RealTime IT News

Sony Ericsson Updates Android Plans

Sony Ericsson is dusting off plans to unveil an Android handset this year, joining Motorola, Acer and Samsung in the later launch cycle for smartphones based on the Google-backed open source mobile platform.

Codenamed "Rachael," the Android touchscreen phone will be part of the company's Xperia Series, which also includes the Windows Mobile X1, and include an 8-megapixel camera, according to reports by Danish Mobile magazine's Web site.

If reports are true, the phone will run on the Qualcomm Snapdragon platform, which means it would have processor speeds of up to 1GHz. No other details were provided by the magazine and Sony Ericsson (NASDAQ: ERIC) declined to comment on the report.

The news of the device comes after slumping Sony Ericsson announced during a grim earnings call in April that it would delay releasing any Android smartphones. At that time, the company posted a $382 million loss for the first quarter and a 35 percent drop in shipments year-over-year amid widespread layoffs.

It's possible that the Finnish firm is counting on Android sales to take off and doesn't want to be left behind as other first-string players in the mobile sector begin rolling out new models.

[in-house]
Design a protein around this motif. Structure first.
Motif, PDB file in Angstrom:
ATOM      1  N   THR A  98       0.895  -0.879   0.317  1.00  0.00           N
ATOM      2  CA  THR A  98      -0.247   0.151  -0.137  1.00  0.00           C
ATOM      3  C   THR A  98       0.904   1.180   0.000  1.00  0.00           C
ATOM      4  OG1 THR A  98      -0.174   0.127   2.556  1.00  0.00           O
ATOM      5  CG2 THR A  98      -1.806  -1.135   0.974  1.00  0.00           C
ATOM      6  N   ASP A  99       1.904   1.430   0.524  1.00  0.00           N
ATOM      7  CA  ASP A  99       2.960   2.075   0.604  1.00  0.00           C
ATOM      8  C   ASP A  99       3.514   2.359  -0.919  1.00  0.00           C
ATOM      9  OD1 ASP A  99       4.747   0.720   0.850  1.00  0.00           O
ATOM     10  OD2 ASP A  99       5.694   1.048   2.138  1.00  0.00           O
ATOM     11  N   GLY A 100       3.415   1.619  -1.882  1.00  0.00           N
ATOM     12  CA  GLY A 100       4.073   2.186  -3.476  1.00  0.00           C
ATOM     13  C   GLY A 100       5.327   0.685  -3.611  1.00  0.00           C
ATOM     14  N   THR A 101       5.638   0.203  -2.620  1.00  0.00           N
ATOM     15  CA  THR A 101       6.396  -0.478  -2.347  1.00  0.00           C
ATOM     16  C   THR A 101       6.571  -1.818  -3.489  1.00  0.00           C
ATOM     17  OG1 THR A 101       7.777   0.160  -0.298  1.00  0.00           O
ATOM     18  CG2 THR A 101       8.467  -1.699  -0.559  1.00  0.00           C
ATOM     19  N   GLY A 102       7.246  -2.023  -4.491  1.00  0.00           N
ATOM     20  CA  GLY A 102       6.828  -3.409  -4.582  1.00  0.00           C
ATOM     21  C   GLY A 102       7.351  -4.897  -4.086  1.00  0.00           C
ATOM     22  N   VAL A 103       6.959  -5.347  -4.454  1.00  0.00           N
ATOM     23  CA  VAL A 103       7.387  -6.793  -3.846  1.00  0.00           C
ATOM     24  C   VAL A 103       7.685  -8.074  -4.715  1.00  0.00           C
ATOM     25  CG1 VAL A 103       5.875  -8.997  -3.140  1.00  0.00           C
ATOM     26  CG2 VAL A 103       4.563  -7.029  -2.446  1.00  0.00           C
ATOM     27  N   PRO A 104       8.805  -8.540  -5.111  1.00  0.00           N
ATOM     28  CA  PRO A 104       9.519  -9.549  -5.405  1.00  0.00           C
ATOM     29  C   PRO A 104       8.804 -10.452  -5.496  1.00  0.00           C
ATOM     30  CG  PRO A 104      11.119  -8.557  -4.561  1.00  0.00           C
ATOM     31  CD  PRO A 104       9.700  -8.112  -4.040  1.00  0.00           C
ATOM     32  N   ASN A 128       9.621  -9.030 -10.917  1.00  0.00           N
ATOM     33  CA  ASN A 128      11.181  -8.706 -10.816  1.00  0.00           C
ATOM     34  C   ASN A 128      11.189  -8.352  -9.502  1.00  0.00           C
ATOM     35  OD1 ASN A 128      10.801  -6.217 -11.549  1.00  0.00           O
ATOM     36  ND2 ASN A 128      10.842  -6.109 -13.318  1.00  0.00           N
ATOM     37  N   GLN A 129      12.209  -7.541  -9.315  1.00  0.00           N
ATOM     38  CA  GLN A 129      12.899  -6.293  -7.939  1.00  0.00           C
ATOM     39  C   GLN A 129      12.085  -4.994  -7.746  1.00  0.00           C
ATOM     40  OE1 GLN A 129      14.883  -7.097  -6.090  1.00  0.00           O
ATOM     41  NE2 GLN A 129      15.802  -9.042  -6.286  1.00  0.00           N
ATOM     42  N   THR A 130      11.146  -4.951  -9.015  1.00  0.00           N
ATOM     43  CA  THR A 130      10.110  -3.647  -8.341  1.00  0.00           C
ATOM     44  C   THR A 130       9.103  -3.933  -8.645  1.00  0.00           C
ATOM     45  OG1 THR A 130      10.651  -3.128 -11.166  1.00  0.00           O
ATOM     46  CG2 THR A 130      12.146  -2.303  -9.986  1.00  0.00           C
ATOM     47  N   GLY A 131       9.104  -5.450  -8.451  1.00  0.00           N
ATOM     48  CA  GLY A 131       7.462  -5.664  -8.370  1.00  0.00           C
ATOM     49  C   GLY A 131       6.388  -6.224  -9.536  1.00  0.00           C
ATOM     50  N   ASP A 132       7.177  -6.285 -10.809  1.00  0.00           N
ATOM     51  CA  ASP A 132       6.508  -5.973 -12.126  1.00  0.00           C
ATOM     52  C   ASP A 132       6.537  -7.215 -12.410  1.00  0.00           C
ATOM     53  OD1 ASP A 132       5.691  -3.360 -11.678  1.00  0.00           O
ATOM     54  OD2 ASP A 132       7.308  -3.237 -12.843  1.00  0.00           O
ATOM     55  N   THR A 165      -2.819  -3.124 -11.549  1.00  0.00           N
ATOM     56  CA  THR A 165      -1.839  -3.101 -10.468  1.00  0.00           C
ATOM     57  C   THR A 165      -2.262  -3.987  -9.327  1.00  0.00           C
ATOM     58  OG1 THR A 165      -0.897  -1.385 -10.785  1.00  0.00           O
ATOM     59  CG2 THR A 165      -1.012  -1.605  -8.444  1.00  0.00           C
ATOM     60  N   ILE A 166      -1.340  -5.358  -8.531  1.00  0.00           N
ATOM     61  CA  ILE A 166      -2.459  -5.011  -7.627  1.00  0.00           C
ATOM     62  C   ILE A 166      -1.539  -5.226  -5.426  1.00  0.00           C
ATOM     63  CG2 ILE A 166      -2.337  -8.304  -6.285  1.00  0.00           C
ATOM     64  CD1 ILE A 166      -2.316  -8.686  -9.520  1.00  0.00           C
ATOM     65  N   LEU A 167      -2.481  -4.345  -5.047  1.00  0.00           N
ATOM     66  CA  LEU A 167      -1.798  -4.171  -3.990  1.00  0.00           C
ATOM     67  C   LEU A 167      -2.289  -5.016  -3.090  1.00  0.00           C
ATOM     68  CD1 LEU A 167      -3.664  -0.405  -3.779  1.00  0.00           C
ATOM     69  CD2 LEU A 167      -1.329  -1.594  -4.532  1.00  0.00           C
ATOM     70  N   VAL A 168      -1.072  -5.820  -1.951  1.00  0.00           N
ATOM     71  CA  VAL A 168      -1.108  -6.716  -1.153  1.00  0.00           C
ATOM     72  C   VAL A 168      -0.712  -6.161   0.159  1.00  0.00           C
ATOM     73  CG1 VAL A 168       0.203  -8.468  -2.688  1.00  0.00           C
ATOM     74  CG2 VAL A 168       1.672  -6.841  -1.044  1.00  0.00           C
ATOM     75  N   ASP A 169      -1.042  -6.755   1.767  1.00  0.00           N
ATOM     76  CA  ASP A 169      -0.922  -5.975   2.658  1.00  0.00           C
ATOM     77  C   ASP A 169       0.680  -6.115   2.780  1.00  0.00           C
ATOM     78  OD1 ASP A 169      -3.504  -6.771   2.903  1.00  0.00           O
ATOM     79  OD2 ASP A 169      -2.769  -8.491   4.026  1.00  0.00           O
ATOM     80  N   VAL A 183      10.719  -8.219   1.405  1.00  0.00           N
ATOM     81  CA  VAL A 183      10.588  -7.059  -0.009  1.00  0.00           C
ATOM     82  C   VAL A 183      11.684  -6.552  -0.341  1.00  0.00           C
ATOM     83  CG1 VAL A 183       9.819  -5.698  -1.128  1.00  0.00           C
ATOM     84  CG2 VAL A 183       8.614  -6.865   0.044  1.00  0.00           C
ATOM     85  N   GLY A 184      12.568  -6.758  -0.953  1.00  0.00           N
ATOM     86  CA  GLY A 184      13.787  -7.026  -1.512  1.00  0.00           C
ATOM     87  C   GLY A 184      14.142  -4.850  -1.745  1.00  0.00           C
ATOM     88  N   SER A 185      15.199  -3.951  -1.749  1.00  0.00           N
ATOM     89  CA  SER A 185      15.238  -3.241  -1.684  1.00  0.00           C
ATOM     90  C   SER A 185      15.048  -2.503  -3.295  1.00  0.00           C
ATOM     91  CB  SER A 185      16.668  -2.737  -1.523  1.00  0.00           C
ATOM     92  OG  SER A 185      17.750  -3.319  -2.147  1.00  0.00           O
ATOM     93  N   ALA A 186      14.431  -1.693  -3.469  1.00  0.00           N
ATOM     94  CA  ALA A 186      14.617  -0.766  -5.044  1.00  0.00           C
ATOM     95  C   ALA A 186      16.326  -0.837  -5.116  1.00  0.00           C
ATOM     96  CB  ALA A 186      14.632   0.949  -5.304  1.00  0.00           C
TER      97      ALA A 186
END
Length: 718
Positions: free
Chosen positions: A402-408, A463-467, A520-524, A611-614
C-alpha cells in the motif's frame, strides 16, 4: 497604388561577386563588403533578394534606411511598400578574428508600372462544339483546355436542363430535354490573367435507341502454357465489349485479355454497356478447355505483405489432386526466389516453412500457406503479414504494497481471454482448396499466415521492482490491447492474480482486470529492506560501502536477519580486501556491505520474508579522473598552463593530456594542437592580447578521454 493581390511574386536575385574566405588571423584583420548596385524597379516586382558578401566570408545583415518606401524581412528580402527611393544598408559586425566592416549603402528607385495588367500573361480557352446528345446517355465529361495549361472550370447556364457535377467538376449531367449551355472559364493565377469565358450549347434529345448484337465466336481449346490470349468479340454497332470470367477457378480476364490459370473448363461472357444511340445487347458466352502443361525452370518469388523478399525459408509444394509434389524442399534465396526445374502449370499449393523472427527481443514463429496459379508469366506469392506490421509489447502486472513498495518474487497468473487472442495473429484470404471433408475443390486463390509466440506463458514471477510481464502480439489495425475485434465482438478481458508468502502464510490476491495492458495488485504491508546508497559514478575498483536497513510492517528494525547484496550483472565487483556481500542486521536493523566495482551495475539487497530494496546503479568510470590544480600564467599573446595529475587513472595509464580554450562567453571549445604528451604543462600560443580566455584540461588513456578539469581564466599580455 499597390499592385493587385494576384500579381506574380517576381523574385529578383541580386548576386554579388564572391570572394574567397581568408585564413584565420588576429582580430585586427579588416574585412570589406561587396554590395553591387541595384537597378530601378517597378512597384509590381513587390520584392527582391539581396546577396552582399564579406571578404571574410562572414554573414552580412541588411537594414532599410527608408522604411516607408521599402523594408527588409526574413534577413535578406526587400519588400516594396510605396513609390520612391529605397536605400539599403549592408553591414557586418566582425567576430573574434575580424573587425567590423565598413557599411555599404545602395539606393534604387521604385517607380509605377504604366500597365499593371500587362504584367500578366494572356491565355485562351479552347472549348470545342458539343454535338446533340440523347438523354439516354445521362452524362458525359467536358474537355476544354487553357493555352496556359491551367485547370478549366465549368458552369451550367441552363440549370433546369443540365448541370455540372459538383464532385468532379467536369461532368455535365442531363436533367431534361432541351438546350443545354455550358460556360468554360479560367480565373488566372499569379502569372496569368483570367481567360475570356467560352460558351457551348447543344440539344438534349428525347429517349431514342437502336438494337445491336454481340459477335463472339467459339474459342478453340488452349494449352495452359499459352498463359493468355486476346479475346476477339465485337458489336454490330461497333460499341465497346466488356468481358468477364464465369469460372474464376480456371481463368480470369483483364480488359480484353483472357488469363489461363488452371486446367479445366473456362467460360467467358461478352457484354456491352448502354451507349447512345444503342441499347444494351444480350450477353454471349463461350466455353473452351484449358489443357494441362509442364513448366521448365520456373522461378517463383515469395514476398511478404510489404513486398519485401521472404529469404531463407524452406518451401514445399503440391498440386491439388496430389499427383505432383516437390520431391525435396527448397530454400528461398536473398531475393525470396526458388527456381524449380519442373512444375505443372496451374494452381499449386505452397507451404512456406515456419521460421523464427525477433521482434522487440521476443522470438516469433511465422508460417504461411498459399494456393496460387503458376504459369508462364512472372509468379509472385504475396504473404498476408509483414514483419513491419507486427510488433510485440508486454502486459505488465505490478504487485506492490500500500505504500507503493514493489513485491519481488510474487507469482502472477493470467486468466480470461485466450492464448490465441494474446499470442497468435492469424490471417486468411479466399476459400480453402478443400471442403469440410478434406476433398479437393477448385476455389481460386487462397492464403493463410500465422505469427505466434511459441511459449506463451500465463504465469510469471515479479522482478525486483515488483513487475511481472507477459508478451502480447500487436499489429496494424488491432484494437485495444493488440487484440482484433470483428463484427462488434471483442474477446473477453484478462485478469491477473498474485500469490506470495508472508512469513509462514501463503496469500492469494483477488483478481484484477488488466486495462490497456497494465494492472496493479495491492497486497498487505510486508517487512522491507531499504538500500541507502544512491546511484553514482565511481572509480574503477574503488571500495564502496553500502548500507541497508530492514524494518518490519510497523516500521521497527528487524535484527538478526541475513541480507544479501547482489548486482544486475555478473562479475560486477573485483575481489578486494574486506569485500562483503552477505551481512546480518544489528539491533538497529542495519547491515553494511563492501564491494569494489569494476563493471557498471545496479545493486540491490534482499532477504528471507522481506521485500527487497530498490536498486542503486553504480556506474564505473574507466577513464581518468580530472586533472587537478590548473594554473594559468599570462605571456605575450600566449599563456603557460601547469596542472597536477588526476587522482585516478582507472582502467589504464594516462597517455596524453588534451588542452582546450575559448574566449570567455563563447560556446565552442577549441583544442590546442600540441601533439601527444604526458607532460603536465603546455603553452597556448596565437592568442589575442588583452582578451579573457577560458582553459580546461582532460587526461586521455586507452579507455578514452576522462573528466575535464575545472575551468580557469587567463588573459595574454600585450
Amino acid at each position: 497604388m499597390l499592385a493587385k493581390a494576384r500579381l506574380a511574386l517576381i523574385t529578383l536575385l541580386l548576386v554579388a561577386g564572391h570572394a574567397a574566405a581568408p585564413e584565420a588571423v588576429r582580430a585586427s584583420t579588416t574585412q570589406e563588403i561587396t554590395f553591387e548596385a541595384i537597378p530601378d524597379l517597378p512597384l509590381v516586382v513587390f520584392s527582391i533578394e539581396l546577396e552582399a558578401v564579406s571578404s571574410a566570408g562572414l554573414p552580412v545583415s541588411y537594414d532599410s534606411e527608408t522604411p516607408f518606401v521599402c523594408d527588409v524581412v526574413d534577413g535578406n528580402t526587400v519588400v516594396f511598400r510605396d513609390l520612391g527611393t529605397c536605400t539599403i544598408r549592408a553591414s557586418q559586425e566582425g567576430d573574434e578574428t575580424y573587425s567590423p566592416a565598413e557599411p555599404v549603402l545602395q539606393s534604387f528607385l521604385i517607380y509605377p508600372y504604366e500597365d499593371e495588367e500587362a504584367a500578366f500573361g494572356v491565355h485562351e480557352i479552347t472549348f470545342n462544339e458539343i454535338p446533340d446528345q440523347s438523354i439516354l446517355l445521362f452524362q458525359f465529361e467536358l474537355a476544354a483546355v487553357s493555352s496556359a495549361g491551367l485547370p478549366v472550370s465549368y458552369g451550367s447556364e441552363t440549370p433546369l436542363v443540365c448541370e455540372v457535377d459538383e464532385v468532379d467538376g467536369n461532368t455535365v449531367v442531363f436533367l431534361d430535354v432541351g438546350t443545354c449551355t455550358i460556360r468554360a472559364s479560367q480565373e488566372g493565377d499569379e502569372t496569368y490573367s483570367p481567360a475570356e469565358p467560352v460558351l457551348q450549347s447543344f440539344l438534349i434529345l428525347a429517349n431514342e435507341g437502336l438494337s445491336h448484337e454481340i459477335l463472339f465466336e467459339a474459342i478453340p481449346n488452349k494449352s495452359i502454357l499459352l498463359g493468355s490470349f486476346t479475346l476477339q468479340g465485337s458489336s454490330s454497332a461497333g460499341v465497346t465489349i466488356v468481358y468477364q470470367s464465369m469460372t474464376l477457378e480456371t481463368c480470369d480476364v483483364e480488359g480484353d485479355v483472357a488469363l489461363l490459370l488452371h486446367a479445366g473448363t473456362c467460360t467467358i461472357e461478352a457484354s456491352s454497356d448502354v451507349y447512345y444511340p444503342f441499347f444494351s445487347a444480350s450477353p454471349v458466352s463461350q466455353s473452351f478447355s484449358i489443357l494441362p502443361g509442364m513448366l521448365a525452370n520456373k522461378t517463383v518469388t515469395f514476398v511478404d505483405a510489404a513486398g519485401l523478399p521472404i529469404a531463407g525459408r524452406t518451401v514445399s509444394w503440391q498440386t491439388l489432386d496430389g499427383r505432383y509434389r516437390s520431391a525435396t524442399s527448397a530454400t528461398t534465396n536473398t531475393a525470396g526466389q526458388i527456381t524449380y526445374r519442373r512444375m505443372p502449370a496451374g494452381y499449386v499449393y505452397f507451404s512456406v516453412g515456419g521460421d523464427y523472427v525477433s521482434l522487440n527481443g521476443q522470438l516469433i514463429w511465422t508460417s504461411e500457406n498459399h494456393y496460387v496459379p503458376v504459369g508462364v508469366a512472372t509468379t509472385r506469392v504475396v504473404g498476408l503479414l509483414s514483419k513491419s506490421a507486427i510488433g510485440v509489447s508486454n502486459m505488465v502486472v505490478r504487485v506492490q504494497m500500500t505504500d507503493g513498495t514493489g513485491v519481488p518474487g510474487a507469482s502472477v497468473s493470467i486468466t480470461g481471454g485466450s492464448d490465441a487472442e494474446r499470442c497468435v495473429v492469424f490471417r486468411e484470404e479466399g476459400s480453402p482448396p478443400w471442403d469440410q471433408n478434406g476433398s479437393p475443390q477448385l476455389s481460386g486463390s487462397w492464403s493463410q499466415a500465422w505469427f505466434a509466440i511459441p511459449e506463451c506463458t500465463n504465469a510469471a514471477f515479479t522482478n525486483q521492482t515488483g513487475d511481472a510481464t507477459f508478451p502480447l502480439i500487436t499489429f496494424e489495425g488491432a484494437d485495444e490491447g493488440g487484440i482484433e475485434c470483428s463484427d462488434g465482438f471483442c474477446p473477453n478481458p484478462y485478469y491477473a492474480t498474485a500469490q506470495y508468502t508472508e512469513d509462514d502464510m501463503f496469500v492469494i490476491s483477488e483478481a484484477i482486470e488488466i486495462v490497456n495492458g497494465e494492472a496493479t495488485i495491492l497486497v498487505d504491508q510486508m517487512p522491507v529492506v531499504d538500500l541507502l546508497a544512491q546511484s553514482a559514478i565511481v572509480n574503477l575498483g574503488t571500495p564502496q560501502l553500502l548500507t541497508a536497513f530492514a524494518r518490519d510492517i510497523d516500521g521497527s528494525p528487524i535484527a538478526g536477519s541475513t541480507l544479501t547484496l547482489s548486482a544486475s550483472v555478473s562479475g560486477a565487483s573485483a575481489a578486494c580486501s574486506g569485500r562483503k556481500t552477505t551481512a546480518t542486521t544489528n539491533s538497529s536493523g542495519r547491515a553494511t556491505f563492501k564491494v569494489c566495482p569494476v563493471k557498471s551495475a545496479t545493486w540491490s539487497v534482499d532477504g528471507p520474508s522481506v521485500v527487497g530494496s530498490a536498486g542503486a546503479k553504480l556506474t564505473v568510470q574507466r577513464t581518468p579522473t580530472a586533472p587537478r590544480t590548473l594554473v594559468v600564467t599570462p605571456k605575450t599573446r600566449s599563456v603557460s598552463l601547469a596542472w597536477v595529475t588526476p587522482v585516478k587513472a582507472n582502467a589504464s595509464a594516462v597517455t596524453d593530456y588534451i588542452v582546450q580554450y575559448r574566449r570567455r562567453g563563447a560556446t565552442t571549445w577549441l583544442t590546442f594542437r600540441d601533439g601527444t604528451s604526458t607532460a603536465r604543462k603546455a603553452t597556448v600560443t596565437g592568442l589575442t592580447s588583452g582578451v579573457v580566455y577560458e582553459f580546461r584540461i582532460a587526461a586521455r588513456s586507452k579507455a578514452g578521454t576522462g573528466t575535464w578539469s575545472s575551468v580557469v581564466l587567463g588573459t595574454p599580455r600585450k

T-Mobile two weeks ago unveiled key details of the Android myTouch 3G, which is available to pre-order for T-Mobile subscribers beginning on Wednesday.

The highly-anticipated follow-up to the T-Mobile G1, the myTouch 3G uses a virtual keyboard and a 3.2-inch HVGA touchscreen display. The new smartphone also features a 3.2-megapixel camera, a music player with a pre-installed 4GB memory card and enhanced video capabilities.

Meanwhile, Motorola and Samsung have also announced plans to release Android handsets in time for the holiday sales season and computer-maker Acer is slated to debut Android phones in Q3 as well. Dell has even hinted at making a move into the smartphone sector with an Android handset to go on sale late in 2009.

The Android newcomers will join signature models just out from Apple (NASDAQ: AAPL), the iPhone 3G S, and the Pre from Palm (NASDAQ: PALM). While the T-Mobile G1 topped 1 million in sales after six months, the iPhone 3GS sold as many in the first three days of launch, while the Pre is estimated to have sold about 150,000 since June 6, according to analyst estimates.

Android is widely expected to upset the status quo in the increasingly competitive mobile OS space. Android's open source model means it's relatively inexpensive for handset makers to build into their designs and also that it has the potential to be more customizable than the BlackBerry or Apple operating systems. It also integrates features such as Gmail and Google Maps into the phone and includes an app store, designed to compete with the successful Apple App Store.

Palm is expected to release the SDK for its Pre platform, webOS, later this summer and Apple just upgraded the iPhone OS to version 3.0. Meanwhile, Google (NASDAQ: GOOG) is slated to unveil Android 2.0, dubbed "Donut," by the end of the year.

As handset makers introduce new models this year in an attempt to dominate market share in the lucrative mobile market, the industry is closely watching new Android phone developments to see how they'll fare in the competitive sector.